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Nora Daza: The Philippines’ first culinary ambassador

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Nora Daza

“We need to establish Filipino restaurants abroad,” observers note. “In major cities there is always a Chinese, Indian, French, Japanese restaurant—but no Filipino restaurants!”

“Filipino food is porky at best,” New York Times critic Seth Mydans once said. “It’s brown food,” another critic said insultingly.

Patriotic foodies wonder when we will finally make Filipino food part of the centripetal force of foreign cuisines in major cities.

But in fact, it has been done.  As early as 1965, living culinary  legend Nora Daza had established Aux Iles Philippines (The Philippine Islands) in Paris. And in 1974, she opened Maharlika, the first Filipino high-end restaurant in New York City.

Three forks

Aux Iles Philippines became one of the top three Asian restaurants in Paris and was given no less than three forks by the Guide Michelin. Then Maharlika was awarded four crowns by Pan America.

It wasn’t an easy ride. “New Yorkers were shocked at the way we cooked our meals,” Daza said. “For example, we would serve fish whole, including the head. They weren’t used to this kind of presentation because they are used to fillet.”

Meanwhile, Filipinos found the menu, with steaks at $1.50, too expensive. It was a difficult balance. Nevertheless, the restaurant lasted four years.

Paris was easier. In spite of the language barrier, authentic Filipino dishes like fresh lumpia were a hit, patronized by no less than top celebrities such as Bridgit Bardot.

Fond memories abound: flying in kuhol from Bicol and amazing French escargot-lovers; and entrancing Parisians with the refreshing sourness of sinigang na sugpo.

Aux Iles Philippines eventually had to retire, but it made its point, as summed up by Nora Daza’s son, food show host, columnist and chef Sandy Daza: “People now debate how to bring Filipino food to the world stage. It’s been done. My mom did it.” ‘Nuff said.

Exchange programs

And it wasn’t just through restaurants, either. Daza capitalized on the value of exchange programs to both educate Filipinos on worldly flavors and likewise to bring Philippine flavors to the rest of the world.

Aside from the many foreign chefs she brought to the Philippines, including Paul Bocuse, she also brought aspiring Filipino chefs abroad.

In 1988 she brought winners of the Great Maya Cookfest to the United States where, as head of the delegation, she explained in an interview with the LA Times: “Their goal is to share Filipino cuisine and enrich their knowledge of the culinary arts of other lands.” Truly she was the first Philippine culinary ambassador.

Pleasures all around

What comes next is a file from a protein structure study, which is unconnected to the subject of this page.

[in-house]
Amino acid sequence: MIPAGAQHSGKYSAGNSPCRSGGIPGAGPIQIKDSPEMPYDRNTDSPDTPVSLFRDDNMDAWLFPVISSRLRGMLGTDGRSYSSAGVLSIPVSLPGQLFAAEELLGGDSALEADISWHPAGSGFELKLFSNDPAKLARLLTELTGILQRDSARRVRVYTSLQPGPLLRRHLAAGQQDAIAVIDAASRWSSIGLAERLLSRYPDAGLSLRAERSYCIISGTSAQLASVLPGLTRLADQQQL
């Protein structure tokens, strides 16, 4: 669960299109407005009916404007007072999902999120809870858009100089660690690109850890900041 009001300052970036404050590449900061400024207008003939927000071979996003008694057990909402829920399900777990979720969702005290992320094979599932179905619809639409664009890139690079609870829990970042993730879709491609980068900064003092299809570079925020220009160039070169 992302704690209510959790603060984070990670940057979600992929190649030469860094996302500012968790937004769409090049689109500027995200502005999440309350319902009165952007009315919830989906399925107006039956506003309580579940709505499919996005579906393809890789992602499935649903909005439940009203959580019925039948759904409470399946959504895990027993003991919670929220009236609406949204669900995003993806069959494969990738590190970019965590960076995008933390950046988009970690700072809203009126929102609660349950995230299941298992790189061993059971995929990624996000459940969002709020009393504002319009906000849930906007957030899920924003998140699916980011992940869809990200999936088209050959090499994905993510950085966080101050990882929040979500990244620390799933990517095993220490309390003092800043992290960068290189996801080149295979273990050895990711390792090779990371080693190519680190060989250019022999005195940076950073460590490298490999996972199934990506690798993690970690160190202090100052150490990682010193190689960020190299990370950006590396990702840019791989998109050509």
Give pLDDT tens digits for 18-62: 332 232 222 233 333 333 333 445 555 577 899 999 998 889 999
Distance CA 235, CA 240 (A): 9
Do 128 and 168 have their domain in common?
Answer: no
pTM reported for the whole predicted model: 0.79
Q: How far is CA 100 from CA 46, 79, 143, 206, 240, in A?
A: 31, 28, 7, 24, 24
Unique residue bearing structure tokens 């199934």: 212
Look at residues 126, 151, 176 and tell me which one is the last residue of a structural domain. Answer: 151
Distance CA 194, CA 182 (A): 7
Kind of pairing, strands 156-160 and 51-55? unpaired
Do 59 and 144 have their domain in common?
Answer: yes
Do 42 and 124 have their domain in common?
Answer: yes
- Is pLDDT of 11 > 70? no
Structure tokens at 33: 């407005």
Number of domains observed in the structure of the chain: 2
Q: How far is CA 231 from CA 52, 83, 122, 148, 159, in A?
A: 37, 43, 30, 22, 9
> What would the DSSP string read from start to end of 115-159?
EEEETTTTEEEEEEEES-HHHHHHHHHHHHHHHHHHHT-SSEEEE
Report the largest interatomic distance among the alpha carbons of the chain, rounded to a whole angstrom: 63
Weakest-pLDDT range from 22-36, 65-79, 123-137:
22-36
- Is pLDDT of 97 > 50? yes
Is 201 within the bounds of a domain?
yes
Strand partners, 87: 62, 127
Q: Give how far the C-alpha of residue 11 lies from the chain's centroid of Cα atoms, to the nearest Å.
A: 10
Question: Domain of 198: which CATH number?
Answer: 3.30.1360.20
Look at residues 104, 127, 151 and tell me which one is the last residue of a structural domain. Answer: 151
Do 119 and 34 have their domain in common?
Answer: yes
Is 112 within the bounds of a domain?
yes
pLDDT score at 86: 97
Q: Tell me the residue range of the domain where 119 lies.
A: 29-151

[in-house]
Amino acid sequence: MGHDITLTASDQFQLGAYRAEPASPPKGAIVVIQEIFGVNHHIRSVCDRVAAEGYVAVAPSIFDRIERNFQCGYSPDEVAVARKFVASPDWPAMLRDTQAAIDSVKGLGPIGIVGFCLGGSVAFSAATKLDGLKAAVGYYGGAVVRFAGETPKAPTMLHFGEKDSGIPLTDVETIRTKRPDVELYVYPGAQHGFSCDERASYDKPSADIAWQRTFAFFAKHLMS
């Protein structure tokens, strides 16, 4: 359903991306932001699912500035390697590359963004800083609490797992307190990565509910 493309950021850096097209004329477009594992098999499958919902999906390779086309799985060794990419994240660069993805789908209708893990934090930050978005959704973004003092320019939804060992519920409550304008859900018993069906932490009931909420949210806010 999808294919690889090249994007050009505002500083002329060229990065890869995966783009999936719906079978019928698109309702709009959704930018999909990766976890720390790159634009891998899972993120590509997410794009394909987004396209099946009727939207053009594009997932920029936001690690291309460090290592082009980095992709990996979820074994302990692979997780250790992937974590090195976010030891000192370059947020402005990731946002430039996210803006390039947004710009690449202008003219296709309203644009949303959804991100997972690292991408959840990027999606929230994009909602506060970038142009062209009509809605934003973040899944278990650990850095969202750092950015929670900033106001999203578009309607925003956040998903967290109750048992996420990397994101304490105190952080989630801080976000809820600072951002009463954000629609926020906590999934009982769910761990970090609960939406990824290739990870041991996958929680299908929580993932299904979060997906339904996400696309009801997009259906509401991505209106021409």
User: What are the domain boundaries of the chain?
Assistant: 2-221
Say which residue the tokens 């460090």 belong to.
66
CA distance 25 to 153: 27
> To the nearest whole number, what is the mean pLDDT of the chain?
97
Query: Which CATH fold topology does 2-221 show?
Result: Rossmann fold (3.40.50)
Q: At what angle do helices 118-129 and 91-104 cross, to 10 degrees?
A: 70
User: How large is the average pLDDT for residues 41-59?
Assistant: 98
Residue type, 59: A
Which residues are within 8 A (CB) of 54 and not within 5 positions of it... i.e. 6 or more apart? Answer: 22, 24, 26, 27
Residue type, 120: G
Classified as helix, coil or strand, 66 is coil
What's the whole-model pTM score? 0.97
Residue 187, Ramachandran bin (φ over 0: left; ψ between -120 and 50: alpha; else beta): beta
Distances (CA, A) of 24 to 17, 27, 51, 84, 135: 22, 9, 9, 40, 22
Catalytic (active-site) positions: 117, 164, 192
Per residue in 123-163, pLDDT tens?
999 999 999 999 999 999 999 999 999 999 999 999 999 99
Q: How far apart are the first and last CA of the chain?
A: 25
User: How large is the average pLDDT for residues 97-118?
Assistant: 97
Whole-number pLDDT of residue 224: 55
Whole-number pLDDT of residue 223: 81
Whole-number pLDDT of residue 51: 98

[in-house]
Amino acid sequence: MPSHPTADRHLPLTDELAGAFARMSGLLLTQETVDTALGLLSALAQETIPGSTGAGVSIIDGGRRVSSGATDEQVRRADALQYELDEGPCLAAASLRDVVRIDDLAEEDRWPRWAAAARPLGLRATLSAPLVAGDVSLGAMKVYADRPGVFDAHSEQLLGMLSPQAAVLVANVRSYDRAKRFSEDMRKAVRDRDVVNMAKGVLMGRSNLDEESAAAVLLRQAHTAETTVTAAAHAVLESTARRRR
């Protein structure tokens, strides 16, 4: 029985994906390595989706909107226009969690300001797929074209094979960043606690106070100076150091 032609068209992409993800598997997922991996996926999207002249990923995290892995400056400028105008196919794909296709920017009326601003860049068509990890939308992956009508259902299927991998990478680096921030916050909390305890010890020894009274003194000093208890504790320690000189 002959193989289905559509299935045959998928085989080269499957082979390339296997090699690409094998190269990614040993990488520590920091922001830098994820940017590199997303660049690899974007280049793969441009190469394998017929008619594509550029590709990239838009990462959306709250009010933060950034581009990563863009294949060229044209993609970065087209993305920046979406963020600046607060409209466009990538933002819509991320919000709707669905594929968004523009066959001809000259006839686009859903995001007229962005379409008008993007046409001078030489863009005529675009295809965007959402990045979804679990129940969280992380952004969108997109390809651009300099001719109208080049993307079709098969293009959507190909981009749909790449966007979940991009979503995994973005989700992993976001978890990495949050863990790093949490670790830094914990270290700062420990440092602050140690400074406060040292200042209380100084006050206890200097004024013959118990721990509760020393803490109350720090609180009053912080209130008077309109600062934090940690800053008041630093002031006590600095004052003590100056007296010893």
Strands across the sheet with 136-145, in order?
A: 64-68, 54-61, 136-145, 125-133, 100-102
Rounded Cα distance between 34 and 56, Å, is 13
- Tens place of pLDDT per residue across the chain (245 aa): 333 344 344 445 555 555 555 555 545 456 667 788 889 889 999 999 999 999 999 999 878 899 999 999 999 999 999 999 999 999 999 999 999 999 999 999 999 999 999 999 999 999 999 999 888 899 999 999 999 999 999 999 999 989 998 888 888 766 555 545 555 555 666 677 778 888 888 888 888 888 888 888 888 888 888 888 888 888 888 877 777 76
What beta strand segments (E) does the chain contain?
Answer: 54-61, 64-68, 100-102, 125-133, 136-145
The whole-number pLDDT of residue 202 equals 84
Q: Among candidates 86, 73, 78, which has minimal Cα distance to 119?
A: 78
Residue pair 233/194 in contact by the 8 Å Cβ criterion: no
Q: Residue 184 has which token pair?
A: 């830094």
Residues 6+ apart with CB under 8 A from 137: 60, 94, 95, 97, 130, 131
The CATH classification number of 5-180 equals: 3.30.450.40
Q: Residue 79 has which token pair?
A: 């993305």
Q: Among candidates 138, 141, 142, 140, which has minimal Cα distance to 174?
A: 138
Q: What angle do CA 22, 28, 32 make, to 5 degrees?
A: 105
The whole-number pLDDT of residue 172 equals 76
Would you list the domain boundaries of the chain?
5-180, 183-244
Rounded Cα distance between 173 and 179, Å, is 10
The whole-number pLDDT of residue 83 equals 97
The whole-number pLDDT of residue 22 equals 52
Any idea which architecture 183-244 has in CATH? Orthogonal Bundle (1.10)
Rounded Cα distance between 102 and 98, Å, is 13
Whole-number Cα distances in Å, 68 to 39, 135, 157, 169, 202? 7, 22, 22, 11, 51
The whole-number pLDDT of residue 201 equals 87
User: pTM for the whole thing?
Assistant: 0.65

At 83, she no longer cooks but guides those who dare cook her recipes before her.

DOREEN Fernandez self-portrait, on exhibit now at the DLSU Yuchengco Museum

“I always tell my cook, do not put too much salt because if there’s too much salt you have to put water and it will dilute the flavors. You can always add salt but you cannot take it out.” Thankfully, her children have inherited both her talent and love for cooking.

She is very proud of daughter Nina as well as son Bong Daza’s previous hit Bahay Batchoy on Pasay Road, and of son Sandy’s current restaurant Wooden Spoon.  “He is very meticulous when it comes to cooking,” Daza says of Sandy, and notes that the recipes at Wooden Spoon are his own.

And for the rest of us, there are her many books. She started writing recipes in 1965 for her first book, “Let’s Cook With Nora,” and shares with utmost candor: “People would always ask me to cook for them. And it was becoming expensive because I would have to buy ingredients. So I thought, why not just write it all down in a book?”

Her latest, “Festive Dishes,” shares not only her own recipes but also those from relatives and friends from all over the world. Released in July 2011, it’s now on its second print.

So while we will never get to taste creations from her 1965 French resto Au Bon Vivant, such as the legendary Chateaubriand with Bernaise sauce—at least we will be able to attempt to resurrect it on our own via Nora Daza’s books.

“I think the important thing about cooking is the pleasure you give to somebody else,” she shared. Daza has put a smile on many, many faces, indeed.

P.S. Speaking of legends, a tribute to Inquirer food critic and world-renowned food anthropologist and author Doreen G. Fernandez is ongoing at the De la Salle University’s Yuchengco Museum. Do visit!


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